Monday, February 20, 2017
Last updated: 1 year ago

UBC teams take top two non-MIT spots in competition

It’s not BattleBots, it’s BattleCode: two UBC teams have taken the top two non-MIT spots in MIT’s annual artificial intelligence coding competition.

The two teams, “Bad Meme” and “Keep it Simple,” took first and second place out of three honourable mention spots, beating teams from over 400 institutions including Harvard, Stanford and the University of Waterloo. MIT teams took the top eight spots. The tournament ran from January to March.

BattleCode is a real-time strategy (RTS) competition where teams write codes to execute inside the bots, or units. It is much like the online game Starcraft, except that each team has six autonomous units that can be programmed to build more units to give other units energy and fuel, mine resources and engage in battle with opposing teams.

“It was a great experience, I learned quite a bit, we had a lot of fun doing those late-night coding sessions,” said Shaun Evans of team “Bad Meme.” Evans competed with Dan Ballard and Robert Hausch, who are all UBC computer science students. The three friends won a team prize of $250.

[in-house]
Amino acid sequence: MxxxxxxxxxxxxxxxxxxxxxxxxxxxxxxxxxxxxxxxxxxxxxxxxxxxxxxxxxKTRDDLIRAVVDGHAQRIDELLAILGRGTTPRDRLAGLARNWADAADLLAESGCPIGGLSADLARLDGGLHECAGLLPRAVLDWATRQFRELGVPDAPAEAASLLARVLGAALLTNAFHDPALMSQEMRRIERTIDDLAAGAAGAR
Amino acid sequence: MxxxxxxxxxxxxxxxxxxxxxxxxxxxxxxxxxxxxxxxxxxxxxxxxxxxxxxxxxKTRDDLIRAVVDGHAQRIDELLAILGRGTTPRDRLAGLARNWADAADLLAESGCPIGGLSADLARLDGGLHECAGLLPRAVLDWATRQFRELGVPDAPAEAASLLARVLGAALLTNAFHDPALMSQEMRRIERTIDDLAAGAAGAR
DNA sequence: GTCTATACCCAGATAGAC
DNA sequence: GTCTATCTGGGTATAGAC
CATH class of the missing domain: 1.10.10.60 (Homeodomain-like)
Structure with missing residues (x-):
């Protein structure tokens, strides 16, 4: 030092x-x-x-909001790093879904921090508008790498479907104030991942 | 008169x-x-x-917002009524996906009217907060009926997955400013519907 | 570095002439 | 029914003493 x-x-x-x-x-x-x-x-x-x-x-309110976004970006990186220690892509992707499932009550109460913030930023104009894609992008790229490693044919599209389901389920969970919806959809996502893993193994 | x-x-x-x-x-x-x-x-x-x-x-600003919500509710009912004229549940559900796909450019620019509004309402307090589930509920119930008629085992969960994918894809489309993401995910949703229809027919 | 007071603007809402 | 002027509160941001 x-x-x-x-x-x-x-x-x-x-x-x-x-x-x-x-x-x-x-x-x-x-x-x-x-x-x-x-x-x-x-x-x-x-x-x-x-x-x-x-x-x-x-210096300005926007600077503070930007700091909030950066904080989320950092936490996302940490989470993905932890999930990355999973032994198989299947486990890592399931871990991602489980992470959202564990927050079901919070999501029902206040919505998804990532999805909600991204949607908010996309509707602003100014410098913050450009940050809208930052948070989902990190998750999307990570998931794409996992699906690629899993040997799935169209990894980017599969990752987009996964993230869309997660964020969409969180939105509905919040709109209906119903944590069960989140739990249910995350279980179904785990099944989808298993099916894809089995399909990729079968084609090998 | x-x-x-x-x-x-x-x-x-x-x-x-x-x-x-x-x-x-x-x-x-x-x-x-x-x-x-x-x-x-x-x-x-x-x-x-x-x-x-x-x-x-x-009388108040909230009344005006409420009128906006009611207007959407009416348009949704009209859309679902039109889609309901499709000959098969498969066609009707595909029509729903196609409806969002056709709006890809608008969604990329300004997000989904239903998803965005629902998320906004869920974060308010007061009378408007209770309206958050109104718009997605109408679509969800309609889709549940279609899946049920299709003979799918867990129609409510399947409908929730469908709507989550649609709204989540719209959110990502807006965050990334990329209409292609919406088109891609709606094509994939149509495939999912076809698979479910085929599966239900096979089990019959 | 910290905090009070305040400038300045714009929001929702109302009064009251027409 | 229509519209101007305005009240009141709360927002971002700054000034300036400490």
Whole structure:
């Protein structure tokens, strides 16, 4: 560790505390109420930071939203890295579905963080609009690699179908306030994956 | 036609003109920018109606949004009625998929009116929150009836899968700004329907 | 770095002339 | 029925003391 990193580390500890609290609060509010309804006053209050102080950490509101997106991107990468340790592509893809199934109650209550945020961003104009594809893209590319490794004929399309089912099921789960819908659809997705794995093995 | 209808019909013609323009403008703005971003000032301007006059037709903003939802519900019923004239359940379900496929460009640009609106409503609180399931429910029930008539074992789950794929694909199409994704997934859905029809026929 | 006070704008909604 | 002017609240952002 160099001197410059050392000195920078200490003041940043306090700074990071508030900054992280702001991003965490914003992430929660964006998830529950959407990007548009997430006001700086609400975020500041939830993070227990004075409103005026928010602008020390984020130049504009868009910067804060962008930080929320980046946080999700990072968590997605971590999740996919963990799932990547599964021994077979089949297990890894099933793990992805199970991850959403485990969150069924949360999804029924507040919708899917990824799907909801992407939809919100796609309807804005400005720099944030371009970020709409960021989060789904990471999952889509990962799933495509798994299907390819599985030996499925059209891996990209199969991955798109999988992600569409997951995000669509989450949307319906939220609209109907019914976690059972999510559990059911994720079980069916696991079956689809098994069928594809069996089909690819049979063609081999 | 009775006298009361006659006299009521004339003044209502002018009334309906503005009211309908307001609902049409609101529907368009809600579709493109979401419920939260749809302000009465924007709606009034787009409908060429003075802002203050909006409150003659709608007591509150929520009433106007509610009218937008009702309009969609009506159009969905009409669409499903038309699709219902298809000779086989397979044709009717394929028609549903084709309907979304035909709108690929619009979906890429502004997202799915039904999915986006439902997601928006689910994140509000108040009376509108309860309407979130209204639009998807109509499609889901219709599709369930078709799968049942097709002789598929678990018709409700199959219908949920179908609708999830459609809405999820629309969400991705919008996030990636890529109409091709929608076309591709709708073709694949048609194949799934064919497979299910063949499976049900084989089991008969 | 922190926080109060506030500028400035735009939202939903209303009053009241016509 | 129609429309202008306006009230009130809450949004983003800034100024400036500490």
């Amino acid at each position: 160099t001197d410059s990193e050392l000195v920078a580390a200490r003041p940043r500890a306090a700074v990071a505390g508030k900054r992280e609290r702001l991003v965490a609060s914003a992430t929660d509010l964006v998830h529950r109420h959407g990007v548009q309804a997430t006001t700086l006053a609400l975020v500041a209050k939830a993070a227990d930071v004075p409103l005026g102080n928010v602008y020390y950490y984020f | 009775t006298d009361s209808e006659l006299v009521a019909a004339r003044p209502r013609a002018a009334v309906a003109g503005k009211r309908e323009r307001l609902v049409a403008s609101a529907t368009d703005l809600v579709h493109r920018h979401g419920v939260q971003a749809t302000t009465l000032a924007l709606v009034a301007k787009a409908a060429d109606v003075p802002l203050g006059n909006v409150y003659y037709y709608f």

“All the bots were pretty similar in the end,” Ballard said. “There’s only two strategies: either try to win by mining or try to win by killing the enemy, and killing the enemy seemed to work better. So it just came down to which bots had that oomph and finesse, and [were] slightly more efficient.”

Andrew Tjia, Patrick Nguyen, Martin Lau and Byron Knoll are on team “Keep it Simple” and took home a team prize of $150.

“Unlike honed teams from MIT, we were really experimenting around with what we knew and what we could do,” Tjia said. “Most people think that programming robots involve fancy artificial intelligence and stuff, but a lot can be accomplished just by simple goals, and thinking through things one step at a time.”

Both teams cited late hours, time management and motivation as obstacles faced while working on the project. In the end, they were pleased with how UBC fared. “We actually won money for coding,” Ballard said. “It’s not super common that people win money for programming fun projects like that.”